Winifred, you have no idea how many hours I put into everything I post. I worked on this piece for five days, and I probably spent 4-6 hours a day on it, so that comes to 20 to 30 hours. Even at that, I often pull a piece three or four times to make a correction. I worry that it must drive people bonkers to get a link that I've since pulled, only to get the same link a few minutes later, but I simply can't bear mistakes, and I often don't see them until a piece goes up no matter how hard I look. I feel that I owe it to you to make what I post worth your while to read.

Gaston Studio said...

Snow: You sweet man.

I wasn't offended by your statement of being formally educated as I knew exactly how you meant it, comparing with it with your grandparents, etc.

I was actually paying you a compliment by telling you that "I just don't express it as well as you so"!

Gaston Studio said...

Two other things:
1. It's obvious that you put a lot of time, thought and effort into your posts, and it's all greatly appreciated.
2. That is an awesome Bible in that photo!

Pantheist Mom said...

Have you seen Religulous?

Lisa said...

my dear darling snow, what a post you write- what a writer you are indeed.
Like you I have had trouble reconciling the God of Death with the God of Life- I have still trouble dealing with the people who tell me 'yes, but........' everytime i question the slaughter of innocence found in any bible.

Raised catholic, with a bible always at hand, i am aware that GODs face could and would sometimes be venwful and fearsome- this I was told, was to keep 'us' ( the good ones) safe.

I still thought that people who were promoting GOD and trying to get others to see his beauty, were using the wrong tactics by pushing the bible- which shows us love , yes but horror as well.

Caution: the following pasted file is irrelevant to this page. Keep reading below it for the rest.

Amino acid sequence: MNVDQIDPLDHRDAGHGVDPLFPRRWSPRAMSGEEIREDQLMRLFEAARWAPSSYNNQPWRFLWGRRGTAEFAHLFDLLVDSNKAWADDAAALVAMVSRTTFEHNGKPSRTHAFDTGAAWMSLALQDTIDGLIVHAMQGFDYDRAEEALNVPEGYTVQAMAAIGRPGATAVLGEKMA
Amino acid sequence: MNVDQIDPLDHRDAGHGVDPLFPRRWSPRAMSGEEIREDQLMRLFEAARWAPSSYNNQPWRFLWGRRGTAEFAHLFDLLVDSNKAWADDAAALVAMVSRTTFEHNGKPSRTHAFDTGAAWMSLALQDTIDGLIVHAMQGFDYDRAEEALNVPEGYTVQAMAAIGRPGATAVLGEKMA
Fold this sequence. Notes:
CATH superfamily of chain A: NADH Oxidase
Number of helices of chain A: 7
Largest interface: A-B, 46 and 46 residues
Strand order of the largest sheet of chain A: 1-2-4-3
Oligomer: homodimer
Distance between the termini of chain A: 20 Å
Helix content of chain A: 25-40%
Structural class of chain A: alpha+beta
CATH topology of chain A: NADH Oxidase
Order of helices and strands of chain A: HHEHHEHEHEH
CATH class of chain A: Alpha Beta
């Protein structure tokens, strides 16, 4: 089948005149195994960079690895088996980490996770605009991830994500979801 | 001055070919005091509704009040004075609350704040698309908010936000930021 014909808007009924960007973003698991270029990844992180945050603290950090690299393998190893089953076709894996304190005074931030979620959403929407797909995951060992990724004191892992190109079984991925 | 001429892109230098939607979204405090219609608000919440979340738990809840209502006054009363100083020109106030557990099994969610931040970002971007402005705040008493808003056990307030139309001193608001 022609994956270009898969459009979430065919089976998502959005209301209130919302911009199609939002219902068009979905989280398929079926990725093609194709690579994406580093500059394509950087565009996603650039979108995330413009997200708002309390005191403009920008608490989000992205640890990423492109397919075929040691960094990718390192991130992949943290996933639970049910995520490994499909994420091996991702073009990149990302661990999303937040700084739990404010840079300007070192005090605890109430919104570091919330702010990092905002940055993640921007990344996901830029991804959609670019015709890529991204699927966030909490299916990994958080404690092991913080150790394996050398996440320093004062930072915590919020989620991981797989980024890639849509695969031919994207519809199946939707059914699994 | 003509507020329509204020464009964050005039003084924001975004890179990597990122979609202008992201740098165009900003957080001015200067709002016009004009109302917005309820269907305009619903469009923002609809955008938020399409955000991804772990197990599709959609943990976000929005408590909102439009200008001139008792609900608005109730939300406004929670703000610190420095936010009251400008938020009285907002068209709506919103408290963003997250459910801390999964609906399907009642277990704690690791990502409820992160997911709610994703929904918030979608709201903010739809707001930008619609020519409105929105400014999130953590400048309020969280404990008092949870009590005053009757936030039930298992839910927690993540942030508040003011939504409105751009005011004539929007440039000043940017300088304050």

I am currently fully immersed in my reading of the reign of BLOODY MARY and the spanish inquisition- ALL of which were based on the true word of the one true GOD and his church.

It scares me what is done in the name of GOD.
It scares me that people tell their children stories like Noah's ARK, as though they are beautiful tales, when in truth, those stories, tell you that GOD MURDERED THE WORLD by drowning.

awful.and i have banged on enough- i love your posts, thank You xx

C Woods said...

This is a wonderful post. Well thought out and well written. I especially like the paragraph beginning with, "If I had a group of followers...."

Several comments: With as much formal education as you, I too, have problems understanding the KJV. I recently learned that the Geneva Bible was considered to be the definitive version until King James decided it didn't support the power of monarchs to the degree he preferred ---another example of how the Bible and religion has been changed, distorted, and corrupted over the centuries, if it ever had any merit at all.

However, my big question is, thinking the way you do about the Bible and religion as you expressed so powerfully, why are you attending (or is it teaching?) Sunday School classes?

When I saw the violence, sexism, and inconsistencies in the Bible as a pre- teen, I lost all faith. I came from a highly religious home (as you did) so I couldn't just walk away. But as soon as I left home, I stopped going to church, and now only attend weddings or funerals.

I just cannot make myself believe in any religion or any god. What's more, I don't want to worship the cruel god of the Bible.